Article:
Cleaning up after WWII

Since starting wwiiafterwwii, I receive from time to time suggestions for topics. These are wide-ranging but two in particular seem very popular: WWII weapons in the Vietnam War, which has been touched on several times; and a general question of how the world “cleaned up” WWII battlefields after the war. For the latter, I was surprised at how very little is written about it so perhaps this will be of interest.

One of the reasons WWII battlefields did not remain littered with vehicles for long was that, with the lone exception of the USA, all of the major warring powers made some official level of combat usage of captured enemy arms during WWII. The most formal was Germany’s Beutewaffe (literally, ‘booty’ or ‘loot’ weapon) effort, which encompassed everything from handguns to fighter aircraft with an official code in the Waffenamt system; for example FK-288(r) (the Soviet ZiS-3 anti-tank gun), SIGew-251(a) (the American M1 Garand rifle), and Sd.Kfz 735(i) (the Italian Fiat M13/40 tank). Captured gear was assembled at points called Sammelstelle and then shipped back from the front lines for disposition.

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Tu-2 “Bat”: post-WWII service

The Tupolev Tu-2 “Bat” (it’s NATO reporting name) was one of the best warplanes of WWII, but is generally not well-known outside the USSR. A fast light bomber, it was remarkably agile, enough to out-maneuver lower tier fighters, and it’s closest comparison during WWII would probably be the German Ju-88. The Tu-2 also had a long and eventful career after WWII.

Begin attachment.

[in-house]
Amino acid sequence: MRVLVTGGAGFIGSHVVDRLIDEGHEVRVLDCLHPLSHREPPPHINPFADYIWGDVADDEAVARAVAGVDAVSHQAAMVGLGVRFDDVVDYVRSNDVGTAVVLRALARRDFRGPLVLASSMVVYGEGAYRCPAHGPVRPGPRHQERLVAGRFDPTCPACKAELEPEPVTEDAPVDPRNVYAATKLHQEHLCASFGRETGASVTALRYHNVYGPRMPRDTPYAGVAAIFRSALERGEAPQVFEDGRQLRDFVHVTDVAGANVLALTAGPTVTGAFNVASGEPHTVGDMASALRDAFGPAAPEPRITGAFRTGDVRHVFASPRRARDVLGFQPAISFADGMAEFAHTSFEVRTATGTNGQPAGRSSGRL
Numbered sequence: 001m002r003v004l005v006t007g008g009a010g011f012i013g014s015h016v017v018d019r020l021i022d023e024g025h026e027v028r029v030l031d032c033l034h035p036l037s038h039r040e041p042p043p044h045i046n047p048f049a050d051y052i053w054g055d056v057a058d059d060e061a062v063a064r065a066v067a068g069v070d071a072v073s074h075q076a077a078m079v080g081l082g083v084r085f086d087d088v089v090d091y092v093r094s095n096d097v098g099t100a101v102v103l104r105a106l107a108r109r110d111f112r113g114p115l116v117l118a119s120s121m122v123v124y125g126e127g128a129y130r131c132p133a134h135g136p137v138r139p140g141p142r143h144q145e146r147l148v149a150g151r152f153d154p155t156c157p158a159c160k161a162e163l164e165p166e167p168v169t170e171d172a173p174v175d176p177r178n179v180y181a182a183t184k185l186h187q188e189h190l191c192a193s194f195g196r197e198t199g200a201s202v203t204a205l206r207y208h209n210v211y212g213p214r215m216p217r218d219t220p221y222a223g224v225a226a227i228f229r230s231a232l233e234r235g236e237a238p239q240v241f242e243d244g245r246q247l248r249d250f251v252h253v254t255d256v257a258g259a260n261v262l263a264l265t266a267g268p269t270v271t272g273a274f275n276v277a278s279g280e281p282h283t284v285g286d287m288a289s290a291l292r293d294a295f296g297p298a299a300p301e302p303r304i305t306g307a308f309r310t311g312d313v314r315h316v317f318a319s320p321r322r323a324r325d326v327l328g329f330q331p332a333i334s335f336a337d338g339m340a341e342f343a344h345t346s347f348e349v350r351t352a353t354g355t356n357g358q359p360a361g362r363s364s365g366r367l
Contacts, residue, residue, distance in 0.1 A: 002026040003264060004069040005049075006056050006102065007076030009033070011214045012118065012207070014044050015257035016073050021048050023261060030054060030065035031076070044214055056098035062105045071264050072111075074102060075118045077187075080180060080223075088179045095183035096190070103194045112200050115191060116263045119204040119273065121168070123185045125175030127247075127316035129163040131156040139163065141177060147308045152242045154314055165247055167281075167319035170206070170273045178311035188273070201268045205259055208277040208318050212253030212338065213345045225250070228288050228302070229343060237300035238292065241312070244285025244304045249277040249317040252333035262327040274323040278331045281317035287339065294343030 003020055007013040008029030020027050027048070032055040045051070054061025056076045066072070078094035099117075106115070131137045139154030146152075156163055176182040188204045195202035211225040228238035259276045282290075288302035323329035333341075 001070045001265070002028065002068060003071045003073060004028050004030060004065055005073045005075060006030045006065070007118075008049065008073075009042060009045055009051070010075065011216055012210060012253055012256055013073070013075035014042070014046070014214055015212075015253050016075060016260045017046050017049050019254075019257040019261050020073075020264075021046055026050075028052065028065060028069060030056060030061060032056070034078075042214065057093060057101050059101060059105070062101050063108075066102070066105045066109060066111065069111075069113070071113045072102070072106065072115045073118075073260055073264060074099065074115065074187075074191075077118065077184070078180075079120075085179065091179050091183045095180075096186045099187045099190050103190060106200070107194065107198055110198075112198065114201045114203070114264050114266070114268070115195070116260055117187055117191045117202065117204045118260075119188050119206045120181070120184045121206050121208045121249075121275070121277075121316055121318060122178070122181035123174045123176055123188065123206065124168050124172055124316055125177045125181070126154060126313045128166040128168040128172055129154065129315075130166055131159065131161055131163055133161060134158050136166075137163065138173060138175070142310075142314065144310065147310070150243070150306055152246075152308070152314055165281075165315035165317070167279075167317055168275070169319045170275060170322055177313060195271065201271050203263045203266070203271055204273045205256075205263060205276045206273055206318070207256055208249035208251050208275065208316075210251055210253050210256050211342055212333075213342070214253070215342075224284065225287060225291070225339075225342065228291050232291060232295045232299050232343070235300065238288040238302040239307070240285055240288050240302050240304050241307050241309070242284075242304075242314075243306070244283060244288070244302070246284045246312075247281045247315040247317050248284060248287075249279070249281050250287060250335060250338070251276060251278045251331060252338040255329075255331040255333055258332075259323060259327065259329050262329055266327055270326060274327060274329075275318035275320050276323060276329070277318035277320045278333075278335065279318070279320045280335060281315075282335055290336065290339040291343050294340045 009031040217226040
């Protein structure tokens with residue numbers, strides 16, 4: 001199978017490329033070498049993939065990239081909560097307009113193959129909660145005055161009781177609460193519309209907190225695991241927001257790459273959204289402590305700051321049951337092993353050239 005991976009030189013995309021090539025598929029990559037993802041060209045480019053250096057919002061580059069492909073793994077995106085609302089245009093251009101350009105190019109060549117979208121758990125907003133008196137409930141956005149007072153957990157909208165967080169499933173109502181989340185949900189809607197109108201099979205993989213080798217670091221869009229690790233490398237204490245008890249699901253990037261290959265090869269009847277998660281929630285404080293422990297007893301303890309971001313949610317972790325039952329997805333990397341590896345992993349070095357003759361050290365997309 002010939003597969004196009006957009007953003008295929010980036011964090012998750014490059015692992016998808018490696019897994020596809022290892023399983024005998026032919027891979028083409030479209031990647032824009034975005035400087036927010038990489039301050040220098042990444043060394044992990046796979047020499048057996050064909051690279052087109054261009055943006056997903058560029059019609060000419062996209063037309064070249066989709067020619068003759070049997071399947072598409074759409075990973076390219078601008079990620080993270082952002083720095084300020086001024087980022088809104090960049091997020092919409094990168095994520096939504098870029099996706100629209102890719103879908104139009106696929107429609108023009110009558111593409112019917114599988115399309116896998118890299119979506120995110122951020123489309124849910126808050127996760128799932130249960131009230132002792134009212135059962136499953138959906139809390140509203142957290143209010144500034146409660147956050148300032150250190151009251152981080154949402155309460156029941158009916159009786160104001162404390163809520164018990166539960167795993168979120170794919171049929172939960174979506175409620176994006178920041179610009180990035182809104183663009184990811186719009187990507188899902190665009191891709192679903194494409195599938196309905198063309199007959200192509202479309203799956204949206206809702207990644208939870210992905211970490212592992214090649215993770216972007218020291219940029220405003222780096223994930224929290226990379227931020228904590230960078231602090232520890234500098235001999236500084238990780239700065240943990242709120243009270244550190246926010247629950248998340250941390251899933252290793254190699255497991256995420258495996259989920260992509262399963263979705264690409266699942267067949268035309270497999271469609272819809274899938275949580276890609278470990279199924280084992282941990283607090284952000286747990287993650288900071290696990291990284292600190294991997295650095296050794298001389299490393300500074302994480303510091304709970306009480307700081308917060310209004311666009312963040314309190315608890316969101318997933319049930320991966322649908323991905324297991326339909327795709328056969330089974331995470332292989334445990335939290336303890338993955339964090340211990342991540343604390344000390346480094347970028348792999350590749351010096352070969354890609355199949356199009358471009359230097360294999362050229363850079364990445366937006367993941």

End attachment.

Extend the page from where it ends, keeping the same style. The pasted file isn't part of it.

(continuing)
WWII

Tu2polish1956

(Top: A Soviet air force Tu-2 “Bat” in combat during WWII. Bottom: A Polish navy Tu-2 “Bat” with Warsaw Pact Northern Group exercise markings in 1956.)

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Breguet Br-482: post-WWII service

The Breguet 482 strategic bomber is a “what could have been” design of the French air force during WWII. Intended to serve in the same role as the B-17 Flying Fortress, the lone plane of the type which survived WWII went on to quietly serve in the postwar French military during the early years of NATO.

bre482c

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B-32 Dominator: Terminal Inventory

The B-32 Dominator was probably the least famous of America’s WWII warplanes, and was completely irrelevant to the outcome of the war. It is more interesting as a study on the methods and economics of how the USA dismantled it’s mighty war machine in the immediate years after WWII.

b32a(A B-32 Dominator in flight.)

DavisMonthanMay1946

(Acres of surplus WWII bombers at Davis-Monthan AFB in 1946.)

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